It is necessary to complete a legal framework for business households so as to promote their development and contributions to the economy, experts have said.
Business households are estimated to total around 5 million and play a significant role in the Vietnamese economy, contributing 30 percent to the country’s gross domestic product (GDP) and creating 10 million jobs.
As the Government of Vietnam set a target of having 1 million firms by 2020, 1.5 million by 2025 and 2 million by 2030, business households are identified as a major force for the country to achieve this goal.
However, there is a lack of legal framework for their operation and for promoting their development.
Under the established enterprise law, Vietnam now has about 700,000 firms while business households are not regulated as enterprises.
Mixed opinions were raised over whether business households should be recognised as a type of enterprise and included in the Law on Enterprise which was being amended. Some said that a separate legal framework should be developed for business households.
Nguyen Thi Cuc, Chairwoman of the Vietnam Tax Consultancy Association, said that business households should not be included in the regulations of the Law on Enterprise. “A separate legal framework for business households could be a better option to promote their development,” Cuc said, adding on the other side, policies to encourage business households to change into enterprise were also required.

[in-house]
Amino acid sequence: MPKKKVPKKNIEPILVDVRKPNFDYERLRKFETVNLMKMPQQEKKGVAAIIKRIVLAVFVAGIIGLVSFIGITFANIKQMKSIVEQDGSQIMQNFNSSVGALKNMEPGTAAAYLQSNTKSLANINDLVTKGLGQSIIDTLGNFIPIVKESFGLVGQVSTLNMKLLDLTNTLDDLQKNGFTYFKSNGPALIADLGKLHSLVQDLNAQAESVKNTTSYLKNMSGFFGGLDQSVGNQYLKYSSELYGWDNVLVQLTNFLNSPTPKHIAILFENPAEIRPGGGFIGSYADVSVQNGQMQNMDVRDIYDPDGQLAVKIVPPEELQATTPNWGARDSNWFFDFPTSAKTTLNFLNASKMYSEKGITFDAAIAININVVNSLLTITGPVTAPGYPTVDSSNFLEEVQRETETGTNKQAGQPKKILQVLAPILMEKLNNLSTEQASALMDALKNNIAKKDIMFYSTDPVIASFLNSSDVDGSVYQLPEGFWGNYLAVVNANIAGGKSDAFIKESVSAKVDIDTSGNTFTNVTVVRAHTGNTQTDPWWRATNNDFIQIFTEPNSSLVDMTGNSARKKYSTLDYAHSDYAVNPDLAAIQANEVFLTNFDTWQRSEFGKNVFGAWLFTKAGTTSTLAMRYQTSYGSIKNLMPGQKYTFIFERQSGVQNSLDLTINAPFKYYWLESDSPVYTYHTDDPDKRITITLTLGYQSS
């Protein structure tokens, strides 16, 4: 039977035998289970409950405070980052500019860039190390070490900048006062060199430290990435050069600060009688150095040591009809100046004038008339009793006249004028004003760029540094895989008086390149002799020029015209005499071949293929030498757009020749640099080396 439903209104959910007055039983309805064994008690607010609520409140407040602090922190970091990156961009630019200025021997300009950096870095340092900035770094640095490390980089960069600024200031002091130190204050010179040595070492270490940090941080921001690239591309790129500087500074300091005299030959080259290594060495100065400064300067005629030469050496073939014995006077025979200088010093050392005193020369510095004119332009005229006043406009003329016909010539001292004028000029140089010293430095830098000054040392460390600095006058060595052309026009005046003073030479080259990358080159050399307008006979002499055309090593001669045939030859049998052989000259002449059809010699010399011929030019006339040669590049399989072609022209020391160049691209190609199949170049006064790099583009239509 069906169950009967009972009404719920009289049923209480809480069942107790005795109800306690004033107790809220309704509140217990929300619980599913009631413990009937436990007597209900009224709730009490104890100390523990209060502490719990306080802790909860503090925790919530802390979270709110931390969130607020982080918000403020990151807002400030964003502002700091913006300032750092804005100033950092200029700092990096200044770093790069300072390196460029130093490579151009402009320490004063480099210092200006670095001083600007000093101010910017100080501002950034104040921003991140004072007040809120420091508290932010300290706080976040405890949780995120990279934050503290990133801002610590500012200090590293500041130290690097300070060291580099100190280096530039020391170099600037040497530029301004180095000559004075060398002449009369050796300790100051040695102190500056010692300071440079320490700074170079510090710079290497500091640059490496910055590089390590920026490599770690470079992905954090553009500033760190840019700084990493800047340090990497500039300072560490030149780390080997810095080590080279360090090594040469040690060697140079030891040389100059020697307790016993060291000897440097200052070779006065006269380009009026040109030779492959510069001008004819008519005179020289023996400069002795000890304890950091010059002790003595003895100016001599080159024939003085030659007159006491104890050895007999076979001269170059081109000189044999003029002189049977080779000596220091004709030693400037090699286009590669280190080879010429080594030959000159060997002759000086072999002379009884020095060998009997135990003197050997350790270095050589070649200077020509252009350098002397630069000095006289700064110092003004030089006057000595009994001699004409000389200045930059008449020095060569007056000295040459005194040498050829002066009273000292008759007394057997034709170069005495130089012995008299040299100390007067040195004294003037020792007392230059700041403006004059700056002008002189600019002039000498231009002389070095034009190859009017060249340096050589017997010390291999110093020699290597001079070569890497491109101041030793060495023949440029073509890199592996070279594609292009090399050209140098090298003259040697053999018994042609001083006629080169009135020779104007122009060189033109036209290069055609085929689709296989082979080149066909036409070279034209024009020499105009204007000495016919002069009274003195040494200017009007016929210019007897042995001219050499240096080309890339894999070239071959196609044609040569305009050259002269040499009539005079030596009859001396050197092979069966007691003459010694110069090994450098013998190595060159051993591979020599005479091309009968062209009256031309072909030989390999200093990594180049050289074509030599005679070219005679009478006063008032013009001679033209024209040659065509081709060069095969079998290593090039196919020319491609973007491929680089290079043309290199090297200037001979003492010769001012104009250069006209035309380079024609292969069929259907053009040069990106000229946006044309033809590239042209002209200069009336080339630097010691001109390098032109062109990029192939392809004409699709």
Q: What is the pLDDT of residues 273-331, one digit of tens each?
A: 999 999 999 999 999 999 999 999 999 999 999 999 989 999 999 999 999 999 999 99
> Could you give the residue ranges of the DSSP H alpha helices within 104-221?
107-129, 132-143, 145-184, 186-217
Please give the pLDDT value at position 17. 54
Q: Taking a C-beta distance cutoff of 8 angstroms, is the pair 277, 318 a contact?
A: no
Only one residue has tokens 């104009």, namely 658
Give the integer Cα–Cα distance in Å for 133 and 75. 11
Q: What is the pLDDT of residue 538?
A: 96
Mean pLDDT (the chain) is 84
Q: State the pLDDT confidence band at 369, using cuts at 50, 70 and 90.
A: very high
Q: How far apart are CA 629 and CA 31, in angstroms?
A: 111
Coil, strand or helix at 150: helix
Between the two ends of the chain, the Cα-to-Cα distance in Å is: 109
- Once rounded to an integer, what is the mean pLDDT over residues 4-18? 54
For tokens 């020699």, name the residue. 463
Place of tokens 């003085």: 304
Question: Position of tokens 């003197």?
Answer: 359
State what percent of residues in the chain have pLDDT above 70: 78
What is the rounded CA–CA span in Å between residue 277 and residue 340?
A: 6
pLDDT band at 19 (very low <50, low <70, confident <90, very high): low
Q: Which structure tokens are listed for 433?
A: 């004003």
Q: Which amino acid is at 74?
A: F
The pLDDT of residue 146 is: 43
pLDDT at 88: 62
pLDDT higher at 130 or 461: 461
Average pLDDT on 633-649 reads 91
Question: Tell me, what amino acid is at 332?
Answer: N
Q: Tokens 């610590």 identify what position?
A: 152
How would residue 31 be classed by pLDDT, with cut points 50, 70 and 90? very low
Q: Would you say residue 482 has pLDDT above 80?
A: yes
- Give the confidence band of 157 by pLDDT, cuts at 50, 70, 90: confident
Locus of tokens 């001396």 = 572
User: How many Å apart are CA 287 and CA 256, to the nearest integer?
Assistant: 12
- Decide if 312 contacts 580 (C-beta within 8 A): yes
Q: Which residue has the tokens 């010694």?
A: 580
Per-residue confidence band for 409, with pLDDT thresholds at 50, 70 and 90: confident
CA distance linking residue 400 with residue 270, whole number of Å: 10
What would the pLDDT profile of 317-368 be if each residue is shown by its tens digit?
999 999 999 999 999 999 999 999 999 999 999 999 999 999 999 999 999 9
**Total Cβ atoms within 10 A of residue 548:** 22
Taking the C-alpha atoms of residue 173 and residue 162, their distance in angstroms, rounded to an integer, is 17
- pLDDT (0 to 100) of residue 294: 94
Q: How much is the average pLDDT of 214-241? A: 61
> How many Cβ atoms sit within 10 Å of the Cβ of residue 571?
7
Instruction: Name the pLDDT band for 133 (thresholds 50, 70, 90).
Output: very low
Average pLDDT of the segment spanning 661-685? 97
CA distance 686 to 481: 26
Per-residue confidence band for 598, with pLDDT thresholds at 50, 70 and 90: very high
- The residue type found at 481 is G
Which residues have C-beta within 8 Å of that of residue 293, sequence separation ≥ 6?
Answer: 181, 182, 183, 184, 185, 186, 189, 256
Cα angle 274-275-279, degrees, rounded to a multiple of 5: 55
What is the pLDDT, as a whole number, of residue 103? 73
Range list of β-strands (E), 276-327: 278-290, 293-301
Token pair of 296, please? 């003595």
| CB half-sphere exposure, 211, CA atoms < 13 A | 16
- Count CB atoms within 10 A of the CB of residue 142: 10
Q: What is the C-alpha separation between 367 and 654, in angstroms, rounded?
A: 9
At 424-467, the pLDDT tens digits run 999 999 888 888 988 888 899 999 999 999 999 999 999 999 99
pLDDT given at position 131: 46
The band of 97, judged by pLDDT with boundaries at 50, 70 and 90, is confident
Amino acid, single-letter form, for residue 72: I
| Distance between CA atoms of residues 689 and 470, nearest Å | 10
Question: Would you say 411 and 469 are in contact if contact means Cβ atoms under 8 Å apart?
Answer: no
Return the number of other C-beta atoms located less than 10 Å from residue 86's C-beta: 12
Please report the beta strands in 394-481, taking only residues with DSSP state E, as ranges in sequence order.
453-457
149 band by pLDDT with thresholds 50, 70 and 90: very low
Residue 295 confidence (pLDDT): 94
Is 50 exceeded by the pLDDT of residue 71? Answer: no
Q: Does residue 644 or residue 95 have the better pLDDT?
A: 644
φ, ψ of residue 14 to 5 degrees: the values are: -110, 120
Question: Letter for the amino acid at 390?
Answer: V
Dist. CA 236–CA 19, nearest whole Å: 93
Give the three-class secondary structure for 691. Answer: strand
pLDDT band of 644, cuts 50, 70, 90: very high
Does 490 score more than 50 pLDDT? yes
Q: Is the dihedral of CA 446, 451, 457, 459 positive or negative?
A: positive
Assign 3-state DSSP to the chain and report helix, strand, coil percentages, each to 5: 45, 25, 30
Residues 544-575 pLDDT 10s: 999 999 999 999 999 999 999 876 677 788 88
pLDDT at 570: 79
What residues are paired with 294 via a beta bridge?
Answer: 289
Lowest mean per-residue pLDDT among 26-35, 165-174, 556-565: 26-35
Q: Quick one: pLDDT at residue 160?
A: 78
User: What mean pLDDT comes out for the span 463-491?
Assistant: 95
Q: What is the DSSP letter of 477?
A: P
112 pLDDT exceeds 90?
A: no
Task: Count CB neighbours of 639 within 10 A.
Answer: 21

Policies should be flexible to allow business households to choose the appropriate models for their operation, experts said.
Truong Thanh Duc, director of law firm Basico, said that forcing business households to operate as small or macro-sized enterprises would sound unreasonable.
Phan Duc Hieu, Deputy Director of the Central Institute for Economic Management (CIEM), said that it was important to develop a legal framework which could create impetus for the development of the business households.
Hieu cited a survey finding of the Vietnam Chamber of Commerce and Industry (VCCI) that around 18 percent of existing firms developed from business households, adding that this was a natural process.
“We should not talk about how to transform business households into enterprises. Instead, it is better to figure out a way to treat business households fairly with other types of enterprises and give them a chance for development,” Hieu said.
Hieu said that a draft framework for business households would be made public for comments.
According to VCCI Chairman Vu Tien Loc, business households in Vietnam had not received adequate attention despite their significant role in the economy.
Loc said that it was critical to remove barriers for them to develop, adding that business households would be the grounds for the development of Vietnam’s business community.
Under a draft resolution by the National Assembly which the Ministry of Finance recently made public for comments, the ministry proposed tax exemptions for two years after first reporting taxable income for firms which transform from business households.
This aimed to encourage business households to transform into enterprises.
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